Keene also knows that a family-owned operation doesn’t have to be exclusively run by family members, but each and every employee should feel like family. That’s why he takes such care in hiring his staff, not just for their skills in front-of-house or in the kitchen, but for their personality.
“When we interview somebody, we interview them not so much for their skillset and their experience as a server or a bartender or cook or whatever, but how are they going to fit into this family of people that we have working together with Meghan and I? If those personalities mesh within the family and they get what we're all striving to do, it becomes a very fun place to work.”
Here are a few other key elements from Keene’s successful dinner club:
Use your own preferences to your advantage. Ask yourself—what you would need or expect from a small business like yours, and then put those things into your business. Chances are if you want those products or services, other people do too.
Looks matter. The design of your store or restaurant can help you stand out from the crowd, so think carefully about the kind of image you’d like to project.
Know who you are and the audience you want. It’s important to focus on what you do best and cater to your skill set. But it’s equally important to know your potential audience and what they want from you. Who loves you, your product, or your service? Cater to that powerful demographic.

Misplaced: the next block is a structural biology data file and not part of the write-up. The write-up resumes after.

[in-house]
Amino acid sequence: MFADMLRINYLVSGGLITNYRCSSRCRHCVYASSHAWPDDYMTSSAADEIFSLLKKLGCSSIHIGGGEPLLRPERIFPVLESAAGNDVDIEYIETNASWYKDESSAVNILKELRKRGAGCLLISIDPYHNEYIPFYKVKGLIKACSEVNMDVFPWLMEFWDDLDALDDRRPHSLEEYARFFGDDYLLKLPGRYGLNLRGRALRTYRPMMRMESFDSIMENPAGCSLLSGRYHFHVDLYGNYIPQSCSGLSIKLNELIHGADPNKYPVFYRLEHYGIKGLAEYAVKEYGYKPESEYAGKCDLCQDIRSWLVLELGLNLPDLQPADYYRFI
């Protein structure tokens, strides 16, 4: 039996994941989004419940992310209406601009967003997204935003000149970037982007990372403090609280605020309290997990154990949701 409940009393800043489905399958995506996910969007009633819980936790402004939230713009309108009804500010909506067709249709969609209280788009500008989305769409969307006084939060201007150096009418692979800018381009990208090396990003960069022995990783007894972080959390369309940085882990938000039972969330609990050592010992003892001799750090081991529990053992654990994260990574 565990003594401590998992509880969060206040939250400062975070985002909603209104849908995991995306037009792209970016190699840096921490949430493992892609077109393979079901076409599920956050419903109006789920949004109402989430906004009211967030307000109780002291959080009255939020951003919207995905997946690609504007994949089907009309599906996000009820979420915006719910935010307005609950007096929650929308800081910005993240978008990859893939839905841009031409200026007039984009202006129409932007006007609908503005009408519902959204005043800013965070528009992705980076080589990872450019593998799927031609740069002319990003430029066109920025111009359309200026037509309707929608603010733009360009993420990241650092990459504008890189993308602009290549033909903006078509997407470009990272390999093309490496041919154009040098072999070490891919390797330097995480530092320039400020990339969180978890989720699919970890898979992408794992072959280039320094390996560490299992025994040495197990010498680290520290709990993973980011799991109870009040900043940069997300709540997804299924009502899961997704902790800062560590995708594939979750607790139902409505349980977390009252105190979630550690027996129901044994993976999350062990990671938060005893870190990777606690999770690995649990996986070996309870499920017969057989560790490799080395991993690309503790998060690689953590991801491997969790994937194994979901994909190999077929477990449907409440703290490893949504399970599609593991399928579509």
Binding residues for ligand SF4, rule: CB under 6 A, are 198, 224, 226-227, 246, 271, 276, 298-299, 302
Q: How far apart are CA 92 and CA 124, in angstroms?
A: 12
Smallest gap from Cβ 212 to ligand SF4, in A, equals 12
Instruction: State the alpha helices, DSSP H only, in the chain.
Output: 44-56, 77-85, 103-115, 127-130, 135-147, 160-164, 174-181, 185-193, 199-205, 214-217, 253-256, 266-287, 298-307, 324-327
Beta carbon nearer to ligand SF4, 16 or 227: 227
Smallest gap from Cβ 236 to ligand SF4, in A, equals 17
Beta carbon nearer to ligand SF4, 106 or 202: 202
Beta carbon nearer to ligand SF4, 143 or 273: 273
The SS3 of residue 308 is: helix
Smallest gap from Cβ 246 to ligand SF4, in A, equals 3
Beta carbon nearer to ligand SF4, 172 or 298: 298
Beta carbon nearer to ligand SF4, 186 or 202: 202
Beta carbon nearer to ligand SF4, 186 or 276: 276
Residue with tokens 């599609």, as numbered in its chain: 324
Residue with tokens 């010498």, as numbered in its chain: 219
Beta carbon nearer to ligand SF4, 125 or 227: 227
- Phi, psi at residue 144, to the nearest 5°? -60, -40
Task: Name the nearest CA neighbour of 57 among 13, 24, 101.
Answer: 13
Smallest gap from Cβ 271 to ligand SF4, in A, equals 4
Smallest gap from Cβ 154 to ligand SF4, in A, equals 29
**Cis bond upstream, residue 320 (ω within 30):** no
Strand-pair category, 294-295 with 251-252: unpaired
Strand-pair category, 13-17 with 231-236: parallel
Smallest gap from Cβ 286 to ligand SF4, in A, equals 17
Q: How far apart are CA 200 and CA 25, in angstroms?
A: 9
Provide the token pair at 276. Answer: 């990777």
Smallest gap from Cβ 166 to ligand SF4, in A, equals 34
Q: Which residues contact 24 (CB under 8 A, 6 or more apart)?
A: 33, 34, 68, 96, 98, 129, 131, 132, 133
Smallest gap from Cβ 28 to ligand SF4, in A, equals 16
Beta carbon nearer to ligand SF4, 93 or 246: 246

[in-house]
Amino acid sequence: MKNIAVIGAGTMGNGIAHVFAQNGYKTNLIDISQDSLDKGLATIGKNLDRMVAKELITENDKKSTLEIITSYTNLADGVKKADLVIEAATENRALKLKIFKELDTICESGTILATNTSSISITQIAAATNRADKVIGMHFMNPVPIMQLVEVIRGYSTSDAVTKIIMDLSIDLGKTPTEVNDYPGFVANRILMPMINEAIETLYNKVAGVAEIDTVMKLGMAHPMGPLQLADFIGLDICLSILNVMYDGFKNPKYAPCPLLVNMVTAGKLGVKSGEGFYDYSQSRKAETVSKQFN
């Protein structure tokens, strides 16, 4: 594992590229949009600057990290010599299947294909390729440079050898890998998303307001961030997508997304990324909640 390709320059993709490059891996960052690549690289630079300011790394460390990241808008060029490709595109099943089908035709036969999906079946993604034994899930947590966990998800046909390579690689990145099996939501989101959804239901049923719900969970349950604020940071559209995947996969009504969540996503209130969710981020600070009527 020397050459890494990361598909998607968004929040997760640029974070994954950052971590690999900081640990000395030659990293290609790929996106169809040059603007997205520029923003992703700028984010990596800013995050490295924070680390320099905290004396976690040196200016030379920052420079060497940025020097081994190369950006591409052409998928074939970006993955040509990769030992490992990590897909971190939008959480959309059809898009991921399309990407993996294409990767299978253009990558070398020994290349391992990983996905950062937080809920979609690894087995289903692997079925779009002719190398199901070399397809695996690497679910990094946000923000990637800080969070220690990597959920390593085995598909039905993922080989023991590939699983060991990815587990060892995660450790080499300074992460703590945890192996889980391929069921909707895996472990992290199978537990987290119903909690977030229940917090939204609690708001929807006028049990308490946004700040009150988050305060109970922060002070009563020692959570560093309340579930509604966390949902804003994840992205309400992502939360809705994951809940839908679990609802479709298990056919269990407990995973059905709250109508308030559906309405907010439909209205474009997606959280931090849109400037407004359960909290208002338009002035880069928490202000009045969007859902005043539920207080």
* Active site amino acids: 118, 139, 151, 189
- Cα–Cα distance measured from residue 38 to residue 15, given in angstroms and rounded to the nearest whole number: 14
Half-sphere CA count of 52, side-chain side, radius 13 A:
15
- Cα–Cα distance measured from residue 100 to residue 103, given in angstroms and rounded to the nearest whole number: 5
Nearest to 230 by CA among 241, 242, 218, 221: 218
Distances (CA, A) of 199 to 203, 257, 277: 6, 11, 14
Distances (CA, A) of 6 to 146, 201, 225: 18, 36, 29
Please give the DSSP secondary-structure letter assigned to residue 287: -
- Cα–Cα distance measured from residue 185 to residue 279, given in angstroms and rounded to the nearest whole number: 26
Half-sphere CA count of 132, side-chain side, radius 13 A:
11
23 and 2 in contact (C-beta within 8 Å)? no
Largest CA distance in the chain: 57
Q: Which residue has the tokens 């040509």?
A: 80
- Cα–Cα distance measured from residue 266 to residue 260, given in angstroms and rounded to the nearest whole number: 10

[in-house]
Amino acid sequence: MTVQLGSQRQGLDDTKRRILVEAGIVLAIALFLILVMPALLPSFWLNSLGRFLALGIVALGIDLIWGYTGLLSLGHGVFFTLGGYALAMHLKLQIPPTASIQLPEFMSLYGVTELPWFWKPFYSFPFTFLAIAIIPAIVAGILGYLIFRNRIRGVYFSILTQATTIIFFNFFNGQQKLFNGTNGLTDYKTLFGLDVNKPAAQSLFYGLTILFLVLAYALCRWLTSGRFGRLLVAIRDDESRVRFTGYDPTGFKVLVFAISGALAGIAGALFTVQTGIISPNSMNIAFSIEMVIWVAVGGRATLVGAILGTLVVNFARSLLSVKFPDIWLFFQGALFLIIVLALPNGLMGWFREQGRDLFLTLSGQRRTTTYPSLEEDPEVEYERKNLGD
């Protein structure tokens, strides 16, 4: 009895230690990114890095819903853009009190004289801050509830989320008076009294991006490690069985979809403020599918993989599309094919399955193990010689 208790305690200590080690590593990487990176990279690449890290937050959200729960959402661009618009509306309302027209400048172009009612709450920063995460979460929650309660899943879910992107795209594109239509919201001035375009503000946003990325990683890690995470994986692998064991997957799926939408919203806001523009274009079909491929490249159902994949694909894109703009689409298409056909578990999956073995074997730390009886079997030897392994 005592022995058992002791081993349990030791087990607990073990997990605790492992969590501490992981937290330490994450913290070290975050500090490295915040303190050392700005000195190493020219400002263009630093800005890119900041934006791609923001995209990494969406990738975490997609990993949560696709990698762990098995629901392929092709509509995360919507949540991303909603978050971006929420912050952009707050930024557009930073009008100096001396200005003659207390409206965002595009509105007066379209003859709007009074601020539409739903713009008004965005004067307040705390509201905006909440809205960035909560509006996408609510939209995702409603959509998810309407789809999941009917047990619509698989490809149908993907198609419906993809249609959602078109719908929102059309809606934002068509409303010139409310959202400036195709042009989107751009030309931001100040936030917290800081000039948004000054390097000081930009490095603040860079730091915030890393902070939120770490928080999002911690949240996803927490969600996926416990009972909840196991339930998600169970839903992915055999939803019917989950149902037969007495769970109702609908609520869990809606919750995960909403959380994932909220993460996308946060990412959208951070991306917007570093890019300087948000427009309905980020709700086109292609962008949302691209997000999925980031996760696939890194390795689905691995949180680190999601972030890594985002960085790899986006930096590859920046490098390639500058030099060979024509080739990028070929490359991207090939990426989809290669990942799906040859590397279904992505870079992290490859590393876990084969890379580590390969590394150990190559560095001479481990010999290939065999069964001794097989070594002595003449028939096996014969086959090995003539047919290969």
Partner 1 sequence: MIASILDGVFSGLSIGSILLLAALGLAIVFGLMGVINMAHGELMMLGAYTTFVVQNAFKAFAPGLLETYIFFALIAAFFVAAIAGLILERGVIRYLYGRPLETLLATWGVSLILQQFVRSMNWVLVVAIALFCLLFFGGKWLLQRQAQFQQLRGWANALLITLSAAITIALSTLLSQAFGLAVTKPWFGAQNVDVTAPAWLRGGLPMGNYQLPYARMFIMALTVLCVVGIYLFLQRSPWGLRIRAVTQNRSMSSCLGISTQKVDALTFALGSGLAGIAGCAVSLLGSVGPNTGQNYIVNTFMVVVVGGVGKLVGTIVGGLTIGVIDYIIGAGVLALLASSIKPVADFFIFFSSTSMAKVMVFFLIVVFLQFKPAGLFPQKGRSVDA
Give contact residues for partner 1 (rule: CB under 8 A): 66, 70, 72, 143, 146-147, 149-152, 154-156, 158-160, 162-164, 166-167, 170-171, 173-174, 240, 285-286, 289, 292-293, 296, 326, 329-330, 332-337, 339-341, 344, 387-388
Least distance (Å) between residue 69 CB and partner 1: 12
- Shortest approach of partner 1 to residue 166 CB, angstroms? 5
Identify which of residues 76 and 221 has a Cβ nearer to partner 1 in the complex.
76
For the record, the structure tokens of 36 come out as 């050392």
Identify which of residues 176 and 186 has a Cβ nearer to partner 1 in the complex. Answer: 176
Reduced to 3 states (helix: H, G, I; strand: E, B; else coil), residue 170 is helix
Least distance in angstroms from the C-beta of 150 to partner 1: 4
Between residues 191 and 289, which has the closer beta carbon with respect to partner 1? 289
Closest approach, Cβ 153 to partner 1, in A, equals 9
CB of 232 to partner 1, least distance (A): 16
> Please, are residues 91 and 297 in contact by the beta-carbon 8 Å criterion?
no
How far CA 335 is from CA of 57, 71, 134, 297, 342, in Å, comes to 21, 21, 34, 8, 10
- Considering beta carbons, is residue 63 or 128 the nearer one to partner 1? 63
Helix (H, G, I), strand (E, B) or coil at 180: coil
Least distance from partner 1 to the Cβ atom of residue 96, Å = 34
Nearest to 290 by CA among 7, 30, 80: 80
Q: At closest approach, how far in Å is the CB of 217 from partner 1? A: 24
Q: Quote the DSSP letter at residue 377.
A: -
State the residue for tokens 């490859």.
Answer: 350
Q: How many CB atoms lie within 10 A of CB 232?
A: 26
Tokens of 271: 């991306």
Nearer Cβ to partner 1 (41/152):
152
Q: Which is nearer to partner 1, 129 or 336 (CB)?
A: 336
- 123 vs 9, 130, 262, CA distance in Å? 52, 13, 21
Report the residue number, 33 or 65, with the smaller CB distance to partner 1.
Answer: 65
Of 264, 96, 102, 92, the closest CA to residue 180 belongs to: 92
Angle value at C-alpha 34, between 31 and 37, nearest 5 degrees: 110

Once you establish a customer base, stay in touch. No matter the size of your business, it’s imperative to communicate often with your patron base and follow up on any new or changing expectations they may have.
The quality of your staff is just as important as the quality of your product. Your employees often spend more time with your customers than you can, so it’s important for them to represent you and your brand well.
Listen to the episode below to hear directly from Keene and Christina, and subscribe to Behind the Review for more from new business owners and reviewers every Thursday.
As Yelp’s Senior Field Marketing Manager and Small Business Expert, Emily is responsible for building a thriving network of local business owners, operators and marketers through education and networking events (now, exclusively virtual). She hosts events and webinars to provide business owners with resources that help them succeed and grow in the world of online reviews. Emily’s expertise lies in customer engagement, reputation management and all things digital marketing. Her knowledge encompasses countless industries and through thought leadership and speaking engagements, she’s able to share insights that business owners of all kinds can leverage for the future of their business.
Emily is also host of Behind the Review, a podcast from Yelp and Entrepreneur Media that features conversations with business owners and reviewers about their experiences—whether positive or negative —giving listeners behind-the-scenes insights and real life learnings.